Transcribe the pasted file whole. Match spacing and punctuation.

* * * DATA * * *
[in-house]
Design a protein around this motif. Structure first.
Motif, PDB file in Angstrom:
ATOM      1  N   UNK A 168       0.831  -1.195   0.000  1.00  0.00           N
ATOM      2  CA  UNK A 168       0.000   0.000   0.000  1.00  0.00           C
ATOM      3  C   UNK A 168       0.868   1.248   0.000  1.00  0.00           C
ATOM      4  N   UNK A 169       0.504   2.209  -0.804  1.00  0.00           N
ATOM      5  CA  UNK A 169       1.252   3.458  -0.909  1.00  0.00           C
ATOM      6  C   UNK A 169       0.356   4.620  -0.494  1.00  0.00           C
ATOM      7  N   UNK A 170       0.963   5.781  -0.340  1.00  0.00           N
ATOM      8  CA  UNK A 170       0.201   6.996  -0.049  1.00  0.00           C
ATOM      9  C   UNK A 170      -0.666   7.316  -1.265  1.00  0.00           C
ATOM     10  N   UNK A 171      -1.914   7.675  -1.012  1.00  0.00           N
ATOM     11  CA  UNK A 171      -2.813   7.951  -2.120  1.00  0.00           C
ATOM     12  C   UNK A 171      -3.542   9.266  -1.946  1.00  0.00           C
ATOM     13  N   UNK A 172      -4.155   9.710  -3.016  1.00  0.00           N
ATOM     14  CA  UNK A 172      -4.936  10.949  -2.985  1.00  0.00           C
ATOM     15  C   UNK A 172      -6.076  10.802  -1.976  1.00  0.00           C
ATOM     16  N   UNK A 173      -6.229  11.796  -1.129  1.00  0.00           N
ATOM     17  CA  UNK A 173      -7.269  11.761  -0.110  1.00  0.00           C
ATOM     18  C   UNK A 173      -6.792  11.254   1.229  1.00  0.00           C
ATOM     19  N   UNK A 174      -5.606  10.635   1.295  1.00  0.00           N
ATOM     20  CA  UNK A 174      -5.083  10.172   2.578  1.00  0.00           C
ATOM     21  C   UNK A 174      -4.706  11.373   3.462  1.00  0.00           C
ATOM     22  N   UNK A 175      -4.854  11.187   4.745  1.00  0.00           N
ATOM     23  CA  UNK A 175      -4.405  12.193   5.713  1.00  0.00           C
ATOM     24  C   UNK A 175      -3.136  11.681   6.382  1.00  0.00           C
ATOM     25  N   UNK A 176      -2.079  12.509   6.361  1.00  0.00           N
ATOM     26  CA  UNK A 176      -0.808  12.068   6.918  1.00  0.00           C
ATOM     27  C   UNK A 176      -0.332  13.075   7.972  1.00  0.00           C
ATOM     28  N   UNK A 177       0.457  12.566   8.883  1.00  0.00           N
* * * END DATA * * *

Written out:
[in-house]
Design a protein around this motif. Structure first.
Motif, PDB file in Angstrom:
ATOM      1  N   UNK A 168       0.831  -1.195   0.000  1.00  0.00           N
ATOM      2  CA  UNK A 168       0.000   0.000   0.000  1.00  0.00           C
ATOM      3  C   UNK A 168       0.868   1.248   0.000  1.00  0.00           C
ATOM      4  N   UNK A 169       0.504   2.209  -0.804  1.00  0.00           N
ATOM      5  CA  UNK A 169       1.252   3.458  -0.909  1.00  0.00           C
ATOM      6  C   UNK A 169       0.356   4.620  -0.494  1.00  0.00           C
ATOM      7  N   UNK A 170       0.963   5.781  -0.340  1.00  0.00           N
ATOM      8  CA  UNK A 170       0.201   6.996  -0.049  1.00  0.00           C
ATOM      9  C   UNK A 170      -0.666   7.316  -1.265  1.00  0.00           C
ATOM     10  N   UNK A 171      -1.914   7.675  -1.012  1.00  0.00           N
ATOM     11  CA  UNK A 171      -2.813   7.951  -2.120  1.00  0.00           C
ATOM     12  C   UNK A 171      -3.542   9.266  -1.946  1.00  0.00           C
ATOM     13  N   UNK A 172      -4.155   9.710  -3.016  1.00  0.00           N
ATOM     14  CA  UNK A 172      -4.936  10.949  -2.985  1.00  0.00           C
ATOM     15  C   UNK A 172      -6.076  10.802  -1.976  1.00  0.00           C
ATOM     16  N   UNK A 173      -6.229  11.796  -1.129  1.00  0.00           N
ATOM     17  CA  UNK A 173      -7.269  11.761  -0.110  1.00  0.00           C
ATOM     18  C   UNK A 173      -6.792  11.254   1.229  1.00  0.00           C
ATOM     19  N   UNK A 174      -5.606  10.635   1.295  1.00  0.00           N
ATOM     20  CA  UNK A 174      -5.083  10.172   2.578  1.00  0.00           C
ATOM     21  C   UNK A 174      -4.706  11.373   3.462  1.00  0.00           C
ATOM     22  N   UNK A 175      -4.854  11.187   4.745  1.00  0.00           N
ATOM     23  CA  UNK A 175      -4.405  12.193   5.713  1.00  0.00           C
ATOM     24  C   UNK A 175      -3.136  11.681   6.382  1.00  0.00           C
ATOM     25  N   UNK A 176      -2.079  12.509   6.361  1.00  0.00           N
ATOM     26  CA  UNK A 176      -0.808  12.068   6.918  1.00  0.00           C
ATOM     27  C   UNK A 176      -0.332  13.075   7.972  1.00  0.00           C
ATOM     28  N   UNK A 177       0.457  12.566   8.883  1.00  0.00           N